It’s a commonly known fact that a hospital stay can be expensive for families. The cost of parking, time off work, and travelling, just to name a few items, all quickly add up. The cost of food that family members or caregivers must buy while staying with their admitted child can be one of the largest, and inaccessible, cost that families face. As part of IWK Health’s Pediatric Resident group’s annual advocacy project, Doctors Katie Girgulis and Henry Annan aimed to confront food insecurity experienced by IWK patient families and start one of the few in-house meal programs in Canada.
In late 2019, as the groups Canadian Pediatric Society’s representatives, Girgulis and Annan began the work of bringing an accessible, low-barrier-of-entry, program to families on the Pediatric Medical Unit (PMU) of IWK Health. While other programs had some form of criteria to meet and long wait times to be approved, in addition to the stigma of asking for help, the IWK residences wanted to make it as simple as possible for every family on PMU to have a meal whenever it is needed.
“Many of our colleagues were aware of this issue,” says Girgulis. “Across the country, when we’re looking at general pediatric units, we found that 55 percent didn’t have any programs in place for covering meals for families. We heard stories from our own residence of families being admitted and the nurses noting that the parents hadn’t eaten for multiple days. It was heartbreaking.”
Upon researching, the group found that 18 percent of families being admitted to the IWK PMU faced some form of food insecurity. Over 50 percent of those families did not meet the criteria or were not able to apply, for other sources of funding to assist them during their hospital stay, leaving them to skip meals and not able to provide for themselves while caring for their sick child.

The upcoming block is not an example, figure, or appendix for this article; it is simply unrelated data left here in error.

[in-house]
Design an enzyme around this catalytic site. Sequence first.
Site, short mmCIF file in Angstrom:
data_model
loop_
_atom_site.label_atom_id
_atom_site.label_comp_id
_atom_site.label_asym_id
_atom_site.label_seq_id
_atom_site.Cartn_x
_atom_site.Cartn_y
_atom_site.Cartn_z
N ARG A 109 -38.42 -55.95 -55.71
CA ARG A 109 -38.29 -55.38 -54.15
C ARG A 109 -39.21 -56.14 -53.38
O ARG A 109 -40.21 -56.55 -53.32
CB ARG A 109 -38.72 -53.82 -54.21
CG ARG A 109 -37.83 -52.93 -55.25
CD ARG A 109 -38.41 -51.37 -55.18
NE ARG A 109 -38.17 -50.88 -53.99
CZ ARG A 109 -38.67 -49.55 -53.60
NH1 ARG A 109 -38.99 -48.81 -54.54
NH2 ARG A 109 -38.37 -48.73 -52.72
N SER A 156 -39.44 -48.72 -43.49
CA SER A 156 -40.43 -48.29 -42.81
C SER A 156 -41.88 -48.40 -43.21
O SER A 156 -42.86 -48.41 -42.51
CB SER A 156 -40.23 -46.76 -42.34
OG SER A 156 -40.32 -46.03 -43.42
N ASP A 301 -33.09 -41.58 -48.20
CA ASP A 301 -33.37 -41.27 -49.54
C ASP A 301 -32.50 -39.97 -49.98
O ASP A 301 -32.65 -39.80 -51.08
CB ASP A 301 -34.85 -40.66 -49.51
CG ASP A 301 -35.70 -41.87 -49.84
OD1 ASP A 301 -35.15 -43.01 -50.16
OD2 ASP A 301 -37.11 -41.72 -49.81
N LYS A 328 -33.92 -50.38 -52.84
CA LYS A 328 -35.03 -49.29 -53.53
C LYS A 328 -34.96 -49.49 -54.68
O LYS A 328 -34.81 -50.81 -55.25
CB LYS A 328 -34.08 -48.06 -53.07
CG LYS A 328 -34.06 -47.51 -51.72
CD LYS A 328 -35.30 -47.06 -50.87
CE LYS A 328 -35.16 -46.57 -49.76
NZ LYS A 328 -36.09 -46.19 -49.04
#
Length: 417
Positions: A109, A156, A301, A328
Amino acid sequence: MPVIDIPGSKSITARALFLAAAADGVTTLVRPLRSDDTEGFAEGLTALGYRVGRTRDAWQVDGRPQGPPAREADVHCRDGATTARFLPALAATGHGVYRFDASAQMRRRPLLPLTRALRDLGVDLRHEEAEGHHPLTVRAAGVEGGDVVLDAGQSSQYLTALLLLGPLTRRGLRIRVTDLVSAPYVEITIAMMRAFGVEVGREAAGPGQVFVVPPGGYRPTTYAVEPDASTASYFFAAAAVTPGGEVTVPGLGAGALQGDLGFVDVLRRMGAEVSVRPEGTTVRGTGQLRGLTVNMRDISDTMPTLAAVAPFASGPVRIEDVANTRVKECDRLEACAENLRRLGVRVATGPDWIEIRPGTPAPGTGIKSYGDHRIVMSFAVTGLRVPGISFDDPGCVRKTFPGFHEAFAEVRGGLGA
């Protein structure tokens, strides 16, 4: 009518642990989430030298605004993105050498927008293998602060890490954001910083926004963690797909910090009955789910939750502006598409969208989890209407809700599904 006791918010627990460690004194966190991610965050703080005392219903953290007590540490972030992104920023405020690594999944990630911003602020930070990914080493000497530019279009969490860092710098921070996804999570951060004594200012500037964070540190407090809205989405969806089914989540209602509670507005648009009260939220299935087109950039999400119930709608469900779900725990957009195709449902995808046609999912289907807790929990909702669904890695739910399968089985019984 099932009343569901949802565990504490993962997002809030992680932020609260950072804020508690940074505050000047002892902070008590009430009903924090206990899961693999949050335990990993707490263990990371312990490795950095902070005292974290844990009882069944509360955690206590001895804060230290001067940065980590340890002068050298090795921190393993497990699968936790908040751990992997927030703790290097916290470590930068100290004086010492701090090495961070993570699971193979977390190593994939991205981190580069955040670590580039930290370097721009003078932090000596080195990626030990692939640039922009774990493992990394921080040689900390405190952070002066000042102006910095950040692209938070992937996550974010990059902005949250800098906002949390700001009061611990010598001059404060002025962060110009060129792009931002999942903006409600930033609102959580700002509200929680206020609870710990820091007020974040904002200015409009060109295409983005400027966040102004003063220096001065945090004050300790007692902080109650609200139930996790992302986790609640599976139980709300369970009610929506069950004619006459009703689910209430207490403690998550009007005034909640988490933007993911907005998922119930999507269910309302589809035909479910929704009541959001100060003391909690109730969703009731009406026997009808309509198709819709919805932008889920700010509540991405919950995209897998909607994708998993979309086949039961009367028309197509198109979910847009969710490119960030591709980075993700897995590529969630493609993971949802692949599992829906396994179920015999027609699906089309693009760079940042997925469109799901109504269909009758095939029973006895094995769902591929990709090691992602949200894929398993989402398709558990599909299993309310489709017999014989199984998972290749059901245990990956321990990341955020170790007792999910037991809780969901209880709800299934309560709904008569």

In collaborating with PMU nurses and social worker Melanie Robitaille, the meal card program was created in November of 2020. Upon admission to the PMU, nurses inform families of the following: “We recognized that some families of children admitted to the PMU may need help accessing food. If at any point you would like more information about accessing it, please let us know.” If food insecurity is noticed in any way, staff members are empowered to give further information about the meal card program and provide cards on the spot.
Funding for the meal card pilot program came from the IWK Auxiliary. Due to the COVID-19 pandemic, the group was forced to halt many of their regular fundraising ventures but Auxiliary member, Kelly Cameron, says that the purpose of the IWK Auxiliary has remained; to provide supports to IWK families. The absence of regular budget items allowed the Auxiliary to fund the meal card pilot project while fulfilling its mandate during the pandemic.
“Our Auxiliary members feel very excited that we’re still able to help in some way,” says IWK Auxiliary member, Kelly Cameron. “We’re really proud of the residents who came up with this project. For people who are as busy as pediatric residents, to be able to create something like this is really incredible.”
The PMU meal card pilot program saw huge success after eleven months of activity. As of September 2021, Girgulis and resident co-lead, Dr. Alexis Fong-Leboeuf are now assessing the progress and searching for ways that the program can be sustained for the long term.